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Multifunctionality: The European Perspective and What it Could Mean for American Agriculture
Staff Paper Series No. 5, January 2002
by Frederick Buttel and Lydia Zepeda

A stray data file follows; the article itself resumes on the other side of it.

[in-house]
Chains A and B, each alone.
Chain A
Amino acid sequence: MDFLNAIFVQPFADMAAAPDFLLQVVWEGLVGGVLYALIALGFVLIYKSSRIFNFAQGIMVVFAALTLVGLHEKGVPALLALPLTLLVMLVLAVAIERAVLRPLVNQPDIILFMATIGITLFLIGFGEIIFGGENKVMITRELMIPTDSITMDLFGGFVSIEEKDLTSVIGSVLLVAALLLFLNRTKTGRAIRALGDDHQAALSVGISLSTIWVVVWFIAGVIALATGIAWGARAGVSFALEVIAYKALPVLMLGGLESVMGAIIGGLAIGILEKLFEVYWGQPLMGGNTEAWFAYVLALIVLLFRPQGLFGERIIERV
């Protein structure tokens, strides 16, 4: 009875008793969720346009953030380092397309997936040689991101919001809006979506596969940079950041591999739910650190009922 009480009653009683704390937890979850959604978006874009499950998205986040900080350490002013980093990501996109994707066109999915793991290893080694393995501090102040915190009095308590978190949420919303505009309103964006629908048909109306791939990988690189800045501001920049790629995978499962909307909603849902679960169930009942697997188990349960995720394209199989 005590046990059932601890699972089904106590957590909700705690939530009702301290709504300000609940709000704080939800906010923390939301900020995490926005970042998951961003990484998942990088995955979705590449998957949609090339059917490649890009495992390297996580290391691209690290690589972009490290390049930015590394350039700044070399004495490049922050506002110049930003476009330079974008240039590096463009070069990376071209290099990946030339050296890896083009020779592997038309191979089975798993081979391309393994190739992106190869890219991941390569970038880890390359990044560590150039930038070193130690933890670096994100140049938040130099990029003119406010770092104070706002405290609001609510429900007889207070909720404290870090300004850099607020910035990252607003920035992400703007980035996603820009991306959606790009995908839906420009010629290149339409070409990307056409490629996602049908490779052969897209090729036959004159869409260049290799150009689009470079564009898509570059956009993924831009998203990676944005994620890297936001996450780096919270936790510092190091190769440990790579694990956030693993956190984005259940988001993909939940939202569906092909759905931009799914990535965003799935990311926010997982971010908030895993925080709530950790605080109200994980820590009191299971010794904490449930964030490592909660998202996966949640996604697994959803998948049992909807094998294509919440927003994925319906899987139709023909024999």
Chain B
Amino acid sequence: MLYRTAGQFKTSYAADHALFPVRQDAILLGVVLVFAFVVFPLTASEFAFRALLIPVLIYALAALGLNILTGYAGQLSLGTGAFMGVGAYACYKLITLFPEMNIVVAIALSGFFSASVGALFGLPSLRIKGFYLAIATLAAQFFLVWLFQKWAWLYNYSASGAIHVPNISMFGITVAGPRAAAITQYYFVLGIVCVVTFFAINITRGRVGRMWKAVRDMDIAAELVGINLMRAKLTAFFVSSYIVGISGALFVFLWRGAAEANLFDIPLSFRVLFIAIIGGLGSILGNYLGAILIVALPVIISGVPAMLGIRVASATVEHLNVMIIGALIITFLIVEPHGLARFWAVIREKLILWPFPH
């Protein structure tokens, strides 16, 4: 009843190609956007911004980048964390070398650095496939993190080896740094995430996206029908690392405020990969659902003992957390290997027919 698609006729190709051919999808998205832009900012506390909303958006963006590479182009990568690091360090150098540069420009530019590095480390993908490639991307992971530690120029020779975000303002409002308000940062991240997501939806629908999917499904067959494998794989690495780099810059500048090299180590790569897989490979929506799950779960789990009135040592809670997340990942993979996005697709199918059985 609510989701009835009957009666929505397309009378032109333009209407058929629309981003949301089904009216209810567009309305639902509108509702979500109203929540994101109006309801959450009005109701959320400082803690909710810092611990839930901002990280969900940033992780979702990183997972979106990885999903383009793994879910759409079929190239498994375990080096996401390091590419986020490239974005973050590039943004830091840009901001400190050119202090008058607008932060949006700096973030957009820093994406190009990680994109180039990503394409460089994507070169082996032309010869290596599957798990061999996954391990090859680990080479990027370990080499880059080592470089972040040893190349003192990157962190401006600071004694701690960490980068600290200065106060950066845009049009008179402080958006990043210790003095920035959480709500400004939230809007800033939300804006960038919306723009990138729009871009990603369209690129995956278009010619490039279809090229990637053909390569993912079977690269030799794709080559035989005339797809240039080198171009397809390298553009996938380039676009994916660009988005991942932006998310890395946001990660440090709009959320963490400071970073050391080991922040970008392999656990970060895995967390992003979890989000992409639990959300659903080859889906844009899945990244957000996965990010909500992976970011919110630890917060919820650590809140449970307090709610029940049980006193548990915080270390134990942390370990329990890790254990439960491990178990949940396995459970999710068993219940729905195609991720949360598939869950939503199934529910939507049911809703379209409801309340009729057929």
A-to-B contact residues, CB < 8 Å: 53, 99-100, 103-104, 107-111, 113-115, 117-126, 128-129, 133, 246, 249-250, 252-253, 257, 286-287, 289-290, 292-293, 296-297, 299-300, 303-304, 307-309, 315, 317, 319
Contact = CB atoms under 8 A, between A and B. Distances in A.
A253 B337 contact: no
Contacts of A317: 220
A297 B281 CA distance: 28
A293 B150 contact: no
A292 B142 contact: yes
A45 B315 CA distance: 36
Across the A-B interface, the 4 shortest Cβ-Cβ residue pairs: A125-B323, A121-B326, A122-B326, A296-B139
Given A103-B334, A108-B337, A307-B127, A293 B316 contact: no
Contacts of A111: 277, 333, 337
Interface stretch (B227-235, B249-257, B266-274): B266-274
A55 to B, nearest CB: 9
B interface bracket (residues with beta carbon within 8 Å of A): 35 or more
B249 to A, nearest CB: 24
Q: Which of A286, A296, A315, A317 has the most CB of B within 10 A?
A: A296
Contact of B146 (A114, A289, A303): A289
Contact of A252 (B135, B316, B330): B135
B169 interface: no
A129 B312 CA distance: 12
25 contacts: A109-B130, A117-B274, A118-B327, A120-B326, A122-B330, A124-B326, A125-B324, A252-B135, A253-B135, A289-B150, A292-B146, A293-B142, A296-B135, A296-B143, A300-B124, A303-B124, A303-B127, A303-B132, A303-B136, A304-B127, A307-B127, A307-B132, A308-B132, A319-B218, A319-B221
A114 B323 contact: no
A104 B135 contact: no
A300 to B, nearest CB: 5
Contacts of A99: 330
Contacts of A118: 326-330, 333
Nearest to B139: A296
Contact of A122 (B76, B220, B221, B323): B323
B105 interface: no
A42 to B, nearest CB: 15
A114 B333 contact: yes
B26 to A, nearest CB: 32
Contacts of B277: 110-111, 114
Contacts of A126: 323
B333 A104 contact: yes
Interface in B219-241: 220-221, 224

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Denis Barthélemy, a well-known French agricultural economist in a recent lecture on the University of Wisconsin-Madison campus, defined multi-functionality and what it could mean to the world’s farmers. Barthélemy explained that multi-functionality as a policy concept has two interrelated meanings. First, agriculture can—and usually does, and surely must—play several roles. In addition to producing ample supplies of food at reasonable cost and in addition to commodity production, agriculture must contribute to environmental protection, preserve biodiversity, provide landscapes that appeal to non-farmers, and support rural economic development. The second key idea behind this multi-dimensionality concept is that these “non-marketable” public goods are the ones that most merit government support, and that public policy toward agriculture must be altered to recognize this fact.

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